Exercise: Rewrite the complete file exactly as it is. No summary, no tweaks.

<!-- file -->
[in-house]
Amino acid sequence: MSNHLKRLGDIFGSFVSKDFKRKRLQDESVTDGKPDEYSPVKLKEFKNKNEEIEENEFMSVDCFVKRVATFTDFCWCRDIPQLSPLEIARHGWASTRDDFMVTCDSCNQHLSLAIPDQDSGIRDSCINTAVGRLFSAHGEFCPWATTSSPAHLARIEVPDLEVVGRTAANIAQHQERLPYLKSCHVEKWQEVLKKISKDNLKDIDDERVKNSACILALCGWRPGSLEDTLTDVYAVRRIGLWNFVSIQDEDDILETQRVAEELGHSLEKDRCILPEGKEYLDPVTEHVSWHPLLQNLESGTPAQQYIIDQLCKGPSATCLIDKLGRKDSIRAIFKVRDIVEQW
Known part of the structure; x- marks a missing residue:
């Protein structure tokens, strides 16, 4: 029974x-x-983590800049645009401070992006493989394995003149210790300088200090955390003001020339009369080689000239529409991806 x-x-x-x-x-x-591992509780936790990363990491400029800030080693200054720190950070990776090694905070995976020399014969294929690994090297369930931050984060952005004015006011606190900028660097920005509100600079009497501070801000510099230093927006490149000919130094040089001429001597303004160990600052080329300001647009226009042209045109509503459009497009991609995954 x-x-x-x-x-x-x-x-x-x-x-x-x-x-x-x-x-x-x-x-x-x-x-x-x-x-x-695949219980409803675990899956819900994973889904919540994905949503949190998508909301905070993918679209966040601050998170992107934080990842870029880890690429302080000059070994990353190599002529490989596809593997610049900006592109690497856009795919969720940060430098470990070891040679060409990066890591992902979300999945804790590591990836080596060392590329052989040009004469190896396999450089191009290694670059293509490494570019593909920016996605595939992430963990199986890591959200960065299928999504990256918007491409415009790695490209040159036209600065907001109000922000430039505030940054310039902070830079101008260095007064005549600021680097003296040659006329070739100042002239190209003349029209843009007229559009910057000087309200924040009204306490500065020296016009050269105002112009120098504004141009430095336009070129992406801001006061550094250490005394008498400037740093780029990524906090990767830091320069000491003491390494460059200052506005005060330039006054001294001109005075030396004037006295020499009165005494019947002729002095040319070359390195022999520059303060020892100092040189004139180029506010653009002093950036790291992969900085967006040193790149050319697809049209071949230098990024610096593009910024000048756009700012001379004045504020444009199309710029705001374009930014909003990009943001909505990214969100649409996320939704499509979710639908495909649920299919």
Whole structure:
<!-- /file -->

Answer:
[in-house]
Amino acid sequence: MSNHLKRLGDIFGSFVSKDFKRKRLQDESVTDGKPDEYSPVKLKEFKNKNEEIEENEFMSVDCFVKRVATFTDFCWCRDIPQLSPLEIARHGWASTRDDFMVTCDSCNQHLSLAIPDQDSGIRDSCINTAVGRLFSAHGEFCPWATTSSPAHLARIEVPDLEVVGRTAANIAQHQERLPYLKSCHVEKWQEVLKKISKDNLKDIDDERVKNSACILALCGWRPGSLEDTLTDVYAVRRIGLWNFVSIQDEDDILETQRVAEELGHSLEKDRCILPEGKEYLDPVTEHVSWHPLLQNLESGTPAQQYIIDQLCKGPSATCLIDKLGRKDSIRAIFKVRDIVEQW
Known part of the structure; x- marks a missing residue:
């Protein structure tokens, strides 16, 4: 029974x-x-983590800049645009401070992006493989394995003149210790300088200090955390003001020339009369080689000239529409991806 x-x-x-x-x-x-591992509780936790990363990491400029800030080693200054720190950070990776090694905070995976020399014969294929690994090297369930931050984060952005004015006011606190900028660097920005509100600079009497501070801000510099230093927006490149000919130094040089001429001597303004160990600052080329300001647009226009042209045109509503459009497009991609995954 x-x-x-x-x-x-x-x-x-x-x-x-x-x-x-x-x-x-x-x-x-x-x-x-x-x-x-695949219980409803675990899956819900994973889904919540994905949503949190998508909301905070993918679209966040601050998170992107934080990842870029880890690429302080000059070994990353190599002529490989596809593997610049900006592109690497856009795919969720940060430098470990070891040679060409990066890591992902979300999945804790590591990836080596060392590329052989040009004469190896396999450089191009290694670059293509490494570019593909920016996605595939992430963990199986890591959200960065299928999504990256918007491409415009790695490209040159036209600065907001109000922000430039505030940054310039902070830079101008260095007064005549600021680097003296040659006329070739100042002239190209003349029209843009007229559009910057000087309200924040009204306490500065020296016009050269105002112009120098504004141009430095336009070129992406801001006061550094250490005394008498400037740093780029990524906090990767830091320069000491003491390494460059200052506005005060330039006054001294001109005075030396004037006295020499009165005494019947002729002095040319070359390195022999520059303060020892100092040189004139180029506010653009002093950036790291992969900085967006040193790149050319697809049209071949230098990024610096593009910024000048756009700012001379004045504020444009199309710029705001374009930014909003990009943001909505990214969100649409996320939704499509979710639908495909649920299919």
Whole structure: